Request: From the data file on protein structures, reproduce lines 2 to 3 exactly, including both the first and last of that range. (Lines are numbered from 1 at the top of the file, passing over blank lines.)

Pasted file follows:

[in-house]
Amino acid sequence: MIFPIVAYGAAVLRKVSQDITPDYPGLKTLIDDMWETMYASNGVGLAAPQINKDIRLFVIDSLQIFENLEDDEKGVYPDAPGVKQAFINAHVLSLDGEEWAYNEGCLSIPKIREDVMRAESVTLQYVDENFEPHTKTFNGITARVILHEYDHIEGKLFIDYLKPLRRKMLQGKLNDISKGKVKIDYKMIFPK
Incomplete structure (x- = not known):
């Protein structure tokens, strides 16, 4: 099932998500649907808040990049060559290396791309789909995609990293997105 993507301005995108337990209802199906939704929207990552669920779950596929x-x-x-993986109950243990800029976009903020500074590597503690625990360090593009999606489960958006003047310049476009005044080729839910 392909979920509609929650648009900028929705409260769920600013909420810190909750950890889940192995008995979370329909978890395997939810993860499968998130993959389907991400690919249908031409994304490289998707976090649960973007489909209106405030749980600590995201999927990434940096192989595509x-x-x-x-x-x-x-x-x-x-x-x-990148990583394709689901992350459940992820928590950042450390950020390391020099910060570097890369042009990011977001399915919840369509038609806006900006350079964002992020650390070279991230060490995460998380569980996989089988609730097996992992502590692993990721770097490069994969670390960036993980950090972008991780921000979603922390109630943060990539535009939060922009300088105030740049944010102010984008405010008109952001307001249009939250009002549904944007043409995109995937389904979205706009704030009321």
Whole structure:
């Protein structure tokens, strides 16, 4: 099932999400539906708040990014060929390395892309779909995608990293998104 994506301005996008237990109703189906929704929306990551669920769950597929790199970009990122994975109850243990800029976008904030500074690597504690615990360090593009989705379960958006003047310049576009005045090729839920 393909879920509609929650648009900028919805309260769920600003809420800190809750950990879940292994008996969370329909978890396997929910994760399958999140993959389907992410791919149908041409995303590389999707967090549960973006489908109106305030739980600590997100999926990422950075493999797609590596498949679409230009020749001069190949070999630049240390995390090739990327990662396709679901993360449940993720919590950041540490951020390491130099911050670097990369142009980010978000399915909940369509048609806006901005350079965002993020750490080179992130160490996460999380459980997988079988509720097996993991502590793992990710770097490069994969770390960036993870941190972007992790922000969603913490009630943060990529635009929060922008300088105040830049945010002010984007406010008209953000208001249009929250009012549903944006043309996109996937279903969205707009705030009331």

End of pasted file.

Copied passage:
Amino acid sequence: MIFPIVAYGAAVLRKVSQDITPDYPGLKTLIDDMWETMYASNGVGLAAPQINKDIRLFVIDSLQIFENLEDDEKGVYPDAPGVKQAFINAHVLSLDGEEWAYNEGCLSIPKIREDVMRAESVTLQYVDENFEPHTKTFNGITARVILHEYDHIEGKLFIDYLKPLRRKMLQGKLNDISKGKVKIDYKMIFPK
Incomplete structure (x- = not known):